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Evaluation of the biosafety of child food of animal origin in Greece.

Today, food safety is certainly regarded as a core stone of Public Health protection. The way of life and most significantly modern eating habits, have increased exposure to health hazards through the consumption of food. This issue has become of considerable significance in terms of social and financial burden with more than 76.000.000 people demonstrating each year symptoms of food poisoning in U.S.A alone, of which 325.000 are hospitalized and 5.000 become terminally ill. The financial impact of food poisoning is even greater for countries such as Greece that host a large number of tourists each year, for which the value of the touristic product is directly associated with the quality and safety of food. At the same time people are stormed most regularly with news about disease outbreaks caused by pathogens or chemicals found in food. Unfortunately these issues are often promoted through mass media in a way that generates concern and discourages the public especially from consuming animal products. These have been implicated over the last few years in a number of incidences that have resulted in several cases, to large human casualties. Public concern is obviously even more sensitive regarding exposure of children to food hazards. Notably a growing number of research results are pointing towards a potential link between exposure to specific pathogens often found in food, and the causation of a number of diseases that were considered until very recently as of unknown and/or auto-immune etiology.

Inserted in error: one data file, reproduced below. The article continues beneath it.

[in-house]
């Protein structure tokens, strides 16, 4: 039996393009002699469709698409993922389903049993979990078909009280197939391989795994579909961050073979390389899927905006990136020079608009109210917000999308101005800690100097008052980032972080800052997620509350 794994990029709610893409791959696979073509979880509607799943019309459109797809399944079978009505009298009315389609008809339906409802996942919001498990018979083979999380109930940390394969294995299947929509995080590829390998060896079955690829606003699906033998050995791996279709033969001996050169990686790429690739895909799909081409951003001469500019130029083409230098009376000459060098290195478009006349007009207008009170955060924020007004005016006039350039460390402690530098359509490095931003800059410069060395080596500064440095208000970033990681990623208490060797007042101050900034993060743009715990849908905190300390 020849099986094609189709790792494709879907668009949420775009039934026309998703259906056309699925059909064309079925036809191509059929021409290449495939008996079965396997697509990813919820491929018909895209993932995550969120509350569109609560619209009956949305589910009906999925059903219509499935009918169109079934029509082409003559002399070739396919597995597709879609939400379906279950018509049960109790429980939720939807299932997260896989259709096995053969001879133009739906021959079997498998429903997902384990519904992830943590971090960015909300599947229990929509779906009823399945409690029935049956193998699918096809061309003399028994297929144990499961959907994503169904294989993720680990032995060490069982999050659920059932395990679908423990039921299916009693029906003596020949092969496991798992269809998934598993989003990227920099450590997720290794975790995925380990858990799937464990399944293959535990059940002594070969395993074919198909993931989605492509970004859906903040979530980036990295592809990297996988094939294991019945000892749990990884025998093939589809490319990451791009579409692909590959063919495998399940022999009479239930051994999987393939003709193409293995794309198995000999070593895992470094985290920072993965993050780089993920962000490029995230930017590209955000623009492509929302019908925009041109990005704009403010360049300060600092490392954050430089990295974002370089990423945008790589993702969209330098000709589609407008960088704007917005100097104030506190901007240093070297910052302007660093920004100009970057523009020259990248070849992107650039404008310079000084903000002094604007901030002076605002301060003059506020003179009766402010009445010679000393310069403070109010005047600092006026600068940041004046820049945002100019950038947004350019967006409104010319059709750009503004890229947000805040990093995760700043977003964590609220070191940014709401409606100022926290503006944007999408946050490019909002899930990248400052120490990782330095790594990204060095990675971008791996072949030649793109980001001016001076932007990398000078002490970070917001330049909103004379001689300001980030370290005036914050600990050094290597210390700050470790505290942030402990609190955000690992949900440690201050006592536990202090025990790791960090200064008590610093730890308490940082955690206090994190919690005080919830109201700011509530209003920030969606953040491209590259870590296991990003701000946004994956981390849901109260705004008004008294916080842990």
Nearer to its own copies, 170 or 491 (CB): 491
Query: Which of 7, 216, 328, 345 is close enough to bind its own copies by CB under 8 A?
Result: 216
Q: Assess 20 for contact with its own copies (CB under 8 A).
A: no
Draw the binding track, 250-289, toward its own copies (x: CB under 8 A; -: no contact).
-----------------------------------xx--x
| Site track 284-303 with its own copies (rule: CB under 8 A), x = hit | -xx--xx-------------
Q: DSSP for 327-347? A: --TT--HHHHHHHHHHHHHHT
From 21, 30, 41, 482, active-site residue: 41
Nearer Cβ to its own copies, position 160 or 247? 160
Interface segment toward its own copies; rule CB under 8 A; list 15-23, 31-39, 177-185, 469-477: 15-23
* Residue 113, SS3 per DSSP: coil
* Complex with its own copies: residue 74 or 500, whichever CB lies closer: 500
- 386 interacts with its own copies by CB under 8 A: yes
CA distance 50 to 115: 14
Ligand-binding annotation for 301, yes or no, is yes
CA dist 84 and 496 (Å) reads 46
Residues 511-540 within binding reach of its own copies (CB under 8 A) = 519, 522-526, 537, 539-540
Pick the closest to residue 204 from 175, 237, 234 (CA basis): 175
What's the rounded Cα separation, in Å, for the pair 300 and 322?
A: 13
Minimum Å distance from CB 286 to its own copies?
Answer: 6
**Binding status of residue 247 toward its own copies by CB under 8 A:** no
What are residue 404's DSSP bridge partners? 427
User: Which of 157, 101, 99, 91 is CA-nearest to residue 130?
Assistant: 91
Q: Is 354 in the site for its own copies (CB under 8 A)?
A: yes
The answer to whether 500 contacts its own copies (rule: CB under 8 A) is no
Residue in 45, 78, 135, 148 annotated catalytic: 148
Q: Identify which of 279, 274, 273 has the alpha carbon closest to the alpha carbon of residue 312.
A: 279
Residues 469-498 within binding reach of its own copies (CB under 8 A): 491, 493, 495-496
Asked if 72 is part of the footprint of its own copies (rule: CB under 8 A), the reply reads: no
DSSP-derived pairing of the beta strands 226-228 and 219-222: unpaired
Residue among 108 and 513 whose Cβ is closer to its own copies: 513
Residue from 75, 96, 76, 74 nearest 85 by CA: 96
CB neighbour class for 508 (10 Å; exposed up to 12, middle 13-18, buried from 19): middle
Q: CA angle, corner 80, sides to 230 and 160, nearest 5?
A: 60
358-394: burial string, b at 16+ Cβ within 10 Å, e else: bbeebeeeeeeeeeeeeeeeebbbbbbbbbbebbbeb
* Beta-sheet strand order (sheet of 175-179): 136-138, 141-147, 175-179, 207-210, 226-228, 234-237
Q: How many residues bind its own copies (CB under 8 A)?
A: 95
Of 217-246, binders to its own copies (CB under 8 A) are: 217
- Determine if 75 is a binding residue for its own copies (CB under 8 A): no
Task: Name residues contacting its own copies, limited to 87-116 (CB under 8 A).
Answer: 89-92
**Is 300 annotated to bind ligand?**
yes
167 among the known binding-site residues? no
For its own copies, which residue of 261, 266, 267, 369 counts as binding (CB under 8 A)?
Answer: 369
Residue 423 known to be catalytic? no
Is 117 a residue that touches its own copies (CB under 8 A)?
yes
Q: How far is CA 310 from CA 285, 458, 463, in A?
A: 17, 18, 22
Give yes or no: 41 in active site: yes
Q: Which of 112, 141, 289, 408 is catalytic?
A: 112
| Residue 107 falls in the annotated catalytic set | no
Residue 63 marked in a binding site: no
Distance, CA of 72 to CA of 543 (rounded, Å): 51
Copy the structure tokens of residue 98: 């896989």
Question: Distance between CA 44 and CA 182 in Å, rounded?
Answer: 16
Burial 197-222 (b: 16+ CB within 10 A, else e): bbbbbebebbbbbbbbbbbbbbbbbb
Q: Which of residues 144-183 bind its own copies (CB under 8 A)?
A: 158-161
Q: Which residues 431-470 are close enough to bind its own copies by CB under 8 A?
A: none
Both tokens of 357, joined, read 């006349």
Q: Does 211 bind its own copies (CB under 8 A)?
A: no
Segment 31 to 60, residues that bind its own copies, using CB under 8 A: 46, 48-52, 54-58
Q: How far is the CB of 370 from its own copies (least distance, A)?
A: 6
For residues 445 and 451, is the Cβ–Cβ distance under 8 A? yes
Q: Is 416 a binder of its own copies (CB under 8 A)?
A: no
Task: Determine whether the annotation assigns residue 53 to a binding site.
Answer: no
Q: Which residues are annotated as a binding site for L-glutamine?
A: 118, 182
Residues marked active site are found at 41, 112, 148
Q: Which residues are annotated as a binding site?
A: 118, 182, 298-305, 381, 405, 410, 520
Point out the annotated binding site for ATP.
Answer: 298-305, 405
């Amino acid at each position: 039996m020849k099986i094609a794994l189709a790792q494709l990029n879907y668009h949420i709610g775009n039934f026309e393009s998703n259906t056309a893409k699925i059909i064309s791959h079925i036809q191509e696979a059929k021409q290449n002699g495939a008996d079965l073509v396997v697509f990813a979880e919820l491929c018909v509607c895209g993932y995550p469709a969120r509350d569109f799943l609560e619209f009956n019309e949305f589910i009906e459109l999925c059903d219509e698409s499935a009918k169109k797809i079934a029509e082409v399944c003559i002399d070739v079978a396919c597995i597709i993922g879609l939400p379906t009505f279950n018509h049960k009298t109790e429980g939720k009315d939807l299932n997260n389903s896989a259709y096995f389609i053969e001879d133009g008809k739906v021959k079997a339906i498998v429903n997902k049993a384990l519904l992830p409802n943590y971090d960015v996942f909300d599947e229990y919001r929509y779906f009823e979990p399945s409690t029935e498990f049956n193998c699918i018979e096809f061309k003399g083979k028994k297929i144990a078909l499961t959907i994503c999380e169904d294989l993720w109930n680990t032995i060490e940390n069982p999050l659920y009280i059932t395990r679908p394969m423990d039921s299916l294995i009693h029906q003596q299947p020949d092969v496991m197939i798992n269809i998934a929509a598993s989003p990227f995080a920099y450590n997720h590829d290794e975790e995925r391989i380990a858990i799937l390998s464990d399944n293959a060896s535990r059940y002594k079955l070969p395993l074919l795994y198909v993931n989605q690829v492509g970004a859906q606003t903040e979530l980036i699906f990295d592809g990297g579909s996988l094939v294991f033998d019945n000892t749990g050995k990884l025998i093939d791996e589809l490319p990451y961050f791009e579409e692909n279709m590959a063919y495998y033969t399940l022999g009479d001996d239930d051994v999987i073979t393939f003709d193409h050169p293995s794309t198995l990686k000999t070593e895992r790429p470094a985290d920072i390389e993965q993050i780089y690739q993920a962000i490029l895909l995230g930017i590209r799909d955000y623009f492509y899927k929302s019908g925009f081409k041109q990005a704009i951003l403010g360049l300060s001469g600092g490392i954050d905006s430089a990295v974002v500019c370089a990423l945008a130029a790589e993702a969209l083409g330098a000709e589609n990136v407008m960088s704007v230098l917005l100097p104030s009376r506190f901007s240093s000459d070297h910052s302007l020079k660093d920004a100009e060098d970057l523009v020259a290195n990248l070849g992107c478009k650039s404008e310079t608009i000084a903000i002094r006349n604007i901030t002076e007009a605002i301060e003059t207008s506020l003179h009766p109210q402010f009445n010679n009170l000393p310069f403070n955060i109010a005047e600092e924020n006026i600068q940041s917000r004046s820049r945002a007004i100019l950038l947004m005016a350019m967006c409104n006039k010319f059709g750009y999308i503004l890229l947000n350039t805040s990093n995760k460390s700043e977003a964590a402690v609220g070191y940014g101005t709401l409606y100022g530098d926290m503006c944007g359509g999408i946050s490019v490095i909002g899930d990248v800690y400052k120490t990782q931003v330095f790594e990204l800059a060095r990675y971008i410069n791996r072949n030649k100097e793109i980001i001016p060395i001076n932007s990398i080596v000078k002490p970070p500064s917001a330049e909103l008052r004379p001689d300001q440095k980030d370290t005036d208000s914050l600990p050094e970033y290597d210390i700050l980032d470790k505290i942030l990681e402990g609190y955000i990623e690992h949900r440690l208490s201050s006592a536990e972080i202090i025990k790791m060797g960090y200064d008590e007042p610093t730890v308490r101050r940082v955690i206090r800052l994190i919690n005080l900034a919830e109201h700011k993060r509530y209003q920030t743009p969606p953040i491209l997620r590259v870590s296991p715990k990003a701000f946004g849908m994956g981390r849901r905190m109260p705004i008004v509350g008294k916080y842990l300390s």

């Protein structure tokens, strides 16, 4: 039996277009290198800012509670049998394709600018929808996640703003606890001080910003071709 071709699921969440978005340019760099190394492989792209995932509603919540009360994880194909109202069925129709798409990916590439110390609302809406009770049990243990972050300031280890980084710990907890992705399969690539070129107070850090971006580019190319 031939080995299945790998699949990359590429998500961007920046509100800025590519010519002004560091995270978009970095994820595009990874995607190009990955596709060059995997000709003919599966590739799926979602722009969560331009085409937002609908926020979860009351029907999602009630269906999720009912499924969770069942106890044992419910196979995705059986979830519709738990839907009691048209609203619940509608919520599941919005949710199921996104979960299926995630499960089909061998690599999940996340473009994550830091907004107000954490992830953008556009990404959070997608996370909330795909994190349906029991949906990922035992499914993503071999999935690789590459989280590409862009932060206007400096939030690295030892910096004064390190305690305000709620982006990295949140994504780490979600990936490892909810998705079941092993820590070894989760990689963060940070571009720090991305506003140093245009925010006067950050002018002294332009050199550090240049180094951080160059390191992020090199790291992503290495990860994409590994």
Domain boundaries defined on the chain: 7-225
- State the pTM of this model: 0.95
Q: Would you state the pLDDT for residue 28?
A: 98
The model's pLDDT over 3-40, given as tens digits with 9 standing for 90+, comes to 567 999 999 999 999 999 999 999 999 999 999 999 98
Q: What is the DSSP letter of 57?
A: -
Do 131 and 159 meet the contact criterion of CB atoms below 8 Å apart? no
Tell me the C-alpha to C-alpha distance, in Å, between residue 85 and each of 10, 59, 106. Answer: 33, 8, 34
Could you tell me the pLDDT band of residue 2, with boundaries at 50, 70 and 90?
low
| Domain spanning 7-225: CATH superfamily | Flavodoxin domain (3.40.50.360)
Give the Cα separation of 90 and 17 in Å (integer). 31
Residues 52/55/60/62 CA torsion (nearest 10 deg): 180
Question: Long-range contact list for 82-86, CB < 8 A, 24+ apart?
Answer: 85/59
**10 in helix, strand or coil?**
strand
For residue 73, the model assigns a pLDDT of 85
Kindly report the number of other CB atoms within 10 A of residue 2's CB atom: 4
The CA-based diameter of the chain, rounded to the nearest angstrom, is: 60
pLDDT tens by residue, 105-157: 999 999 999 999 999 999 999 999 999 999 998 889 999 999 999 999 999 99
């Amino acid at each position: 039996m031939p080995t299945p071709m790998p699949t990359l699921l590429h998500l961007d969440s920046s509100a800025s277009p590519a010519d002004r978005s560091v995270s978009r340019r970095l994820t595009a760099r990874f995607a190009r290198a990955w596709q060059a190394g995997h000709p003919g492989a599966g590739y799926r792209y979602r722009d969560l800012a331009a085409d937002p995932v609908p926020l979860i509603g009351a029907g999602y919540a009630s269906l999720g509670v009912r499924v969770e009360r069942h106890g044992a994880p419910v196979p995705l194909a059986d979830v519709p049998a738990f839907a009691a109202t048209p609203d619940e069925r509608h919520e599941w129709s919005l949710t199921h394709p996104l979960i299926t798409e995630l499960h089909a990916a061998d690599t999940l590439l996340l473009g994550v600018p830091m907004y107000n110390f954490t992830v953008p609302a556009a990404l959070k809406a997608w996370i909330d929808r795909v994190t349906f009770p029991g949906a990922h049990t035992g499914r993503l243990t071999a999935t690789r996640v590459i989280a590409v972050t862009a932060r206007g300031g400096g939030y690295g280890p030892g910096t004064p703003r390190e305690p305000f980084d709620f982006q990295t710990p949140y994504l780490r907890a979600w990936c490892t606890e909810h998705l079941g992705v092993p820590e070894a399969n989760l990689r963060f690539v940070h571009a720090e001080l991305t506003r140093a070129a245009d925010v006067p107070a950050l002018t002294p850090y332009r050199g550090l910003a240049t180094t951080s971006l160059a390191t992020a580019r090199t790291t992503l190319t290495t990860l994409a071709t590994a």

The factors mentioned above are all involved in something that seems to formulate at least for the consumer, a vicious circle generating concern and fear. This can probably be resolved only by reliable information provided in a responsible manner, and the improvement of the means to investigate food safety. Within this context this team participated to a call published on behalf of the Financial Mechanism of the European Economic Area for the period 2004-9, with a proposal for a project that focused on the assessment of the safety of child food of animal origin in Greece, with connection to microbial pathogens and allergens. This proposal was finally approved and the respective project was selected to be supported by the Hellenic Ministry of Economy and Finance, and the Financial Mechanism of the European Economic Area and Norway.

The evaluation was designed with respect to the relevant instructions of the European Food Safety Authority, but it extended to some other pathogens implicated into what is often referred to as emerging diseases. In addition to the research work, the project includes activities that aim to support the infrastructure for the improvement of the technical and practical efficiency for animal food testing. These refer to a virtual food microbiology laboratory with services available to the public, and an interactive e-training tool with written instructions and videos of selected methodologies that are all accessible free of charge.
This study will provide indications and/or evidences for the food categories and products that might be considered of relatively higher risk, using conventional and more advanced means of research. The results can be incorporated in organizing targeted instead of random sampling, towards improving consumer safety and reducing the exposure of children to microbial pathogens and allergens, through food.